The Dutch pension asset manager's Asia Pacific head of real estate says his team has just had one of its busiest years ever and that 2021 is looking similarly promising.
Kevin Snowball, director at PXP, says when the Ho Chi Minh City Stock Trading Centre was founded in 2000, the government gave companies a two-year corporate income tax break of 50% for the first two years after listing. But the government has recently scrapped this benefit as of January 1, 2007.
ôWeÆll see a rush by companies to list before the deadline,ö he says. Market players estimate 20-50 companies are jostling to accomplish their listings by the end of this year. Snowball reckons 30 may succeed, if all goes well, noting that to date, the most to have listed in any given month is 9. There are now 49 listed companies and one listed fund in the HCMC and Hanoi exchanges.
The move to go public should boost the stock marketÆs capitalisation, which has already grown rapidly from its humble beginnings to $3.3 billion today. The important IPO is that for Asia Commercial Bank, which could raise $1 billion as the countryÆs first blockbuster deal. ACBÆs 30% foreign ownership limit has already been reached, with shareholders including Standard Chartered Bank, the International Finance Corporation, local investment firm Dragon Capital and an investment unit owned by Jardine Matheson.
PXP is not alone in launching funds to take advantage of the marketÆs fast growth: Dragon Capital has just closed its third fund, and this year has seen the launch of the $100 million London-listed Vietnam Opportunities Fund. Mekong Capital, a private-equity firm, is rumoured to be preparing a new fund as well. Meanwhile investment banks such as Citigroup, Deutsche Bank and Merrill Lynch are offering participation notes to give offshore clients a taste of Vietnam.
PXPÆs assets under management have grown in line with the market. Its first fund, the PXP Vietnam Fund, launched in November 2005 with $5 million. Its target was to invest 70% of the fund in listed companies with a minimum market cap of $5 million and 30% in companies preparing to list. It now has $60 million under management.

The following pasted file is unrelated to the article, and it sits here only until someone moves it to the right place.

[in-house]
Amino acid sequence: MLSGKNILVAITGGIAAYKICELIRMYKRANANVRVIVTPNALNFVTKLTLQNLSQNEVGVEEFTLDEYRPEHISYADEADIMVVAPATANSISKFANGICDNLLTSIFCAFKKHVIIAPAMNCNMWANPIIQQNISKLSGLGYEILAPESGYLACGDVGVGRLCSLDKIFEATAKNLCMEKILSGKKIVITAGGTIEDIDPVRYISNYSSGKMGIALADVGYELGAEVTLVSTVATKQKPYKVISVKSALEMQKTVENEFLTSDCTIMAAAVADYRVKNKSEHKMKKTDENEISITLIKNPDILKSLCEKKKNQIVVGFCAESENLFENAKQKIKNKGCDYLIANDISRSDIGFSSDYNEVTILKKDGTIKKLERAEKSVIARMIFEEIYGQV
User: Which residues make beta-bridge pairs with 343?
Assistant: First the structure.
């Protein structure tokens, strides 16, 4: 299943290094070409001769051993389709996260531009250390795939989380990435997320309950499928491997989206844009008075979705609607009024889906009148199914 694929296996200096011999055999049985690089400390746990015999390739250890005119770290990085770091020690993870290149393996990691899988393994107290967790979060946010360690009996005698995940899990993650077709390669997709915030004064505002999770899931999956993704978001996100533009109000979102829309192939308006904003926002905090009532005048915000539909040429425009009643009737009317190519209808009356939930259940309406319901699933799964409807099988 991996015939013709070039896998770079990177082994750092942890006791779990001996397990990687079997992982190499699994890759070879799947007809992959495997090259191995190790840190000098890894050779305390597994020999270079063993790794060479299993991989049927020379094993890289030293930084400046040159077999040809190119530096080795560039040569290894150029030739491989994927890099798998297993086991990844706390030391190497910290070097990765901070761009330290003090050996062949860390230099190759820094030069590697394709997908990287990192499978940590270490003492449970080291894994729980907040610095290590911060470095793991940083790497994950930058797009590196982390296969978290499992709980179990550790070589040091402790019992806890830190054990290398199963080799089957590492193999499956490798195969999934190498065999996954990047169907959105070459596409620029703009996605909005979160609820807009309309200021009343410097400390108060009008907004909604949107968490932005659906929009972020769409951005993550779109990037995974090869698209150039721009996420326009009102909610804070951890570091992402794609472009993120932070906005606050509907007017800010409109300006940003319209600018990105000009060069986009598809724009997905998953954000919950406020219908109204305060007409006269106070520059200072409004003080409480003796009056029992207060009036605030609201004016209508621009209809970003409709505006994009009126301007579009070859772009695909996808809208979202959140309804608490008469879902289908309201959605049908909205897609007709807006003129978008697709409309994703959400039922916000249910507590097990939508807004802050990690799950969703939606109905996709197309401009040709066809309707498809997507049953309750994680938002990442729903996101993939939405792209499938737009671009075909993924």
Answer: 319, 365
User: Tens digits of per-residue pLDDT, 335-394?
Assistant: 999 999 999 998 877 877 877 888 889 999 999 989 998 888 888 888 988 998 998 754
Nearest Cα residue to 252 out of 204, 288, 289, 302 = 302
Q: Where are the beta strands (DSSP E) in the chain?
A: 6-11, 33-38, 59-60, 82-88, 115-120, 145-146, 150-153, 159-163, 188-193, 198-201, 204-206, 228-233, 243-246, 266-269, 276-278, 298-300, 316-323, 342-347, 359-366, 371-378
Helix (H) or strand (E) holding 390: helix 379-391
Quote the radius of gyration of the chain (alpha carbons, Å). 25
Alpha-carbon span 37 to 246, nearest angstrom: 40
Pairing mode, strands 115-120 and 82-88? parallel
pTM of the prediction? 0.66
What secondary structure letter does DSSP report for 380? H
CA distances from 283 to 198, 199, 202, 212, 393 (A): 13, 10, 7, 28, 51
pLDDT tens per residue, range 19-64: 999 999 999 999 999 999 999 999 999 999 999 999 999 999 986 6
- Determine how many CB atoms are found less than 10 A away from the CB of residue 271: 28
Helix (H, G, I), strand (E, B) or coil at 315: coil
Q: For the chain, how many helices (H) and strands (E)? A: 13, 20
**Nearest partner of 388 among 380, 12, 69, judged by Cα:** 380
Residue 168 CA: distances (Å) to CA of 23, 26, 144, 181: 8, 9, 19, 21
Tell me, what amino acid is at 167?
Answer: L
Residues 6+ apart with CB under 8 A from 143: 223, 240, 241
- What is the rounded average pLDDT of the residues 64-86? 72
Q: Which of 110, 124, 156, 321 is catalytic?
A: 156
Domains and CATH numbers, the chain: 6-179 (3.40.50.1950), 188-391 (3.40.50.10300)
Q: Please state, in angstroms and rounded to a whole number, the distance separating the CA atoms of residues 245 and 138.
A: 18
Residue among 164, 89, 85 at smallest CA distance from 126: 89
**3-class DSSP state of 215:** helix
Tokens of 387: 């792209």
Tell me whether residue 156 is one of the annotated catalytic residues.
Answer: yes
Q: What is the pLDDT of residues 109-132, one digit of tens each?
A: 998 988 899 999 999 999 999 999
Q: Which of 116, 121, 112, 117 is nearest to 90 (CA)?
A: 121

Then the firm launched the Vietnam Emerging Equity Fund, which focused mostly on pre-listings as well as international companies that derive most revenue from Vietnam activities, with some exposure to listed companies with a minimum market cap of $10 million. That fund size went from $14 million to $56 million.
Now the Lotus Fund will serve as a blue-chip fund targeting listed companies with a minimum market cap of $20 million, with a target fund-raising of $100 million. Its goal is not just to jump on the immediate bandwagon to go public, but to capitalise on PXPÆs expectation that the government will begin to list minority shares in big companies beginning next year.
One reason for the tax change may be to clear the decks and get most of the private-sector companies to list quickly, so that Hanoi can begin to work on big caps among public banks, oil and gas concerns and perhaps the airline.
And the government is also expected to allow limited foreign ownership in protected sectors perhaps as early as next year.
Hanoi has also recently passed legislation allowing foreigners to obtain a local fund management license. PXPÆs funds are domiciled abroad and its clients are exclusively foreigners. The Lotus fund will list in Dublin and the investment management company will be a 10-year closed-end fund based in the Cayman Islands.
It will charge a 2% annual management fee, plus a performance fee of 20% with a hurdle rate of 8%. The administrator and custodian have yet to be announced; Freshfields Bruckhouse Deringer is providing legal counsel in Hanoi, and Charles Adams, Ritchie & Duckworth is the legal advisor on Cayman law.
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